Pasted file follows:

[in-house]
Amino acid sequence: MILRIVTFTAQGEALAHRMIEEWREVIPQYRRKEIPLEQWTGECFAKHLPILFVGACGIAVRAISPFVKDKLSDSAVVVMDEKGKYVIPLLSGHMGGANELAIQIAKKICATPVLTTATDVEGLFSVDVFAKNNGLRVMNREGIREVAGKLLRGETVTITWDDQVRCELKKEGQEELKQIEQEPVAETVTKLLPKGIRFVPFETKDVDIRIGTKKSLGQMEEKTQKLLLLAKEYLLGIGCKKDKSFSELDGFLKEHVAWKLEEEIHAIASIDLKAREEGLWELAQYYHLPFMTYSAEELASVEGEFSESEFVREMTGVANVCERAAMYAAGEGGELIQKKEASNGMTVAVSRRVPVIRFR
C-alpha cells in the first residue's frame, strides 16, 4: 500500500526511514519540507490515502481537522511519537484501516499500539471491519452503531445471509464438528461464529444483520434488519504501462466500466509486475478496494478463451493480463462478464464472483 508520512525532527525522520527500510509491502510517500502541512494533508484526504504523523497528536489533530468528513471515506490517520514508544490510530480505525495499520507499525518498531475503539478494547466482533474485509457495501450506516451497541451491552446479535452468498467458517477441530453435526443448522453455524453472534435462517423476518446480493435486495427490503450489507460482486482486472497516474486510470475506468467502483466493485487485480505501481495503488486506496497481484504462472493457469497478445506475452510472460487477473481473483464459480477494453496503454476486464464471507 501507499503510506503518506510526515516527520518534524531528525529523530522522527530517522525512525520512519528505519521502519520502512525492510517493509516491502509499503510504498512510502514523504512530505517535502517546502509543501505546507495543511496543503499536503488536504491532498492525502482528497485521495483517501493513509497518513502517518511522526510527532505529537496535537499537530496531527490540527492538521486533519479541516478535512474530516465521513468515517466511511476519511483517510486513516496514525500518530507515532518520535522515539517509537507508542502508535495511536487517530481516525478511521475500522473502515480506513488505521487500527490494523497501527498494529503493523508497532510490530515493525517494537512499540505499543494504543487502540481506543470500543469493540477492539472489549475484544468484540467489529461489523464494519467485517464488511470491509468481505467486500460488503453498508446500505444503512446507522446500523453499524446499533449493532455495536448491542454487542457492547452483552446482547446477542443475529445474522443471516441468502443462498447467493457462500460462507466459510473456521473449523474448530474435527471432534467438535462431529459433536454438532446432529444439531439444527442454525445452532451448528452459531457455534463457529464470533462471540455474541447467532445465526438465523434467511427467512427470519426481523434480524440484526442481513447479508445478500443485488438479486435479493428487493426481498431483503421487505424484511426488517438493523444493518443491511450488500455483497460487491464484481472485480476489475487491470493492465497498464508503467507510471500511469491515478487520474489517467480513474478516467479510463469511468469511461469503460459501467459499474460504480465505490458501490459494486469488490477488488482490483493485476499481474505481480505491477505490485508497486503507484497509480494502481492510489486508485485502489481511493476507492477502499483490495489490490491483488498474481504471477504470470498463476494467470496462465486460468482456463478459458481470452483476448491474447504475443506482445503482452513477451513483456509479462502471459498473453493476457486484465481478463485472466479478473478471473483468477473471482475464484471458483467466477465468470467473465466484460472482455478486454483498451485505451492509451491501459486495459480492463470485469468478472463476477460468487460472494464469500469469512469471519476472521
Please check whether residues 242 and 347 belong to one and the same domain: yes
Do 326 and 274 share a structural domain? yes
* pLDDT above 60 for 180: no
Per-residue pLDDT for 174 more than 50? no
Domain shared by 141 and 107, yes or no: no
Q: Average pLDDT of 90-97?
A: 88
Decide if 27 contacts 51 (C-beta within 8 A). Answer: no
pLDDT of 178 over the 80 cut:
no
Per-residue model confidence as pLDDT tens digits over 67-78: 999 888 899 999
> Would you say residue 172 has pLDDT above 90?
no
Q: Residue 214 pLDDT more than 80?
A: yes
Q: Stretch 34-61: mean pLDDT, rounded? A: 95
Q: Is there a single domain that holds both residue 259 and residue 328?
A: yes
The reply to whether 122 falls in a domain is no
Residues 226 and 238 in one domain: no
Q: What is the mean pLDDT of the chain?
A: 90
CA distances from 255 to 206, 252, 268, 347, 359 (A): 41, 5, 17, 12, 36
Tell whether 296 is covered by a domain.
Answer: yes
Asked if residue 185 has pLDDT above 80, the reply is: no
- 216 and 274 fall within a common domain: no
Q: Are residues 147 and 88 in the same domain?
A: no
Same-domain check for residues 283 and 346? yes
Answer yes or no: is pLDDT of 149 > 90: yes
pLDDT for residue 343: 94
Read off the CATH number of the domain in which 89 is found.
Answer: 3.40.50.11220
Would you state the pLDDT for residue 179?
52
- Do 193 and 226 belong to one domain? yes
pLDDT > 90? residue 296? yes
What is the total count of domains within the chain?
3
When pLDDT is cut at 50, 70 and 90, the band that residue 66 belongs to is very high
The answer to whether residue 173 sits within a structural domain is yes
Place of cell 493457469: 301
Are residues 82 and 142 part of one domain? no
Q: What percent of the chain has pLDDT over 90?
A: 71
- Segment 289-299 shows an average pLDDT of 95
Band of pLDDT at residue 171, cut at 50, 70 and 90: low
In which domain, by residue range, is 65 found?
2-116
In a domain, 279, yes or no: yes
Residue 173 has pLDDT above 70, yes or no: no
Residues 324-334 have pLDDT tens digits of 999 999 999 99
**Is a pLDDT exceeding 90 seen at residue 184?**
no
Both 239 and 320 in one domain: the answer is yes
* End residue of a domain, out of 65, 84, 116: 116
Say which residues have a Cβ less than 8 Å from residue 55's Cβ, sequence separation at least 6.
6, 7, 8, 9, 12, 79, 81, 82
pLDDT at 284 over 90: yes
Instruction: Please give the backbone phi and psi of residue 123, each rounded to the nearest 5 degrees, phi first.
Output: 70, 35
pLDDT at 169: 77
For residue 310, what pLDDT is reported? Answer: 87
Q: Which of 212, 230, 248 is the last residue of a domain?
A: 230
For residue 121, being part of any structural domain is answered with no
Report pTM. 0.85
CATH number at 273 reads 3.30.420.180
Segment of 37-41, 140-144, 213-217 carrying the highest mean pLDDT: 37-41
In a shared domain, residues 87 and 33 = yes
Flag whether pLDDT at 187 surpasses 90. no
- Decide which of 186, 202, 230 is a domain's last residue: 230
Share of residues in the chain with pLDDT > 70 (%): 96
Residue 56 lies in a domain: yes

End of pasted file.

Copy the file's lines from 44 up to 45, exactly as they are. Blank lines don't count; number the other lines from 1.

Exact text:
When pLDDT is cut at 50, 70 and 90, the band that residue 66 belongs to is very high
The answer to whether residue 173 sits within a structural domain is yes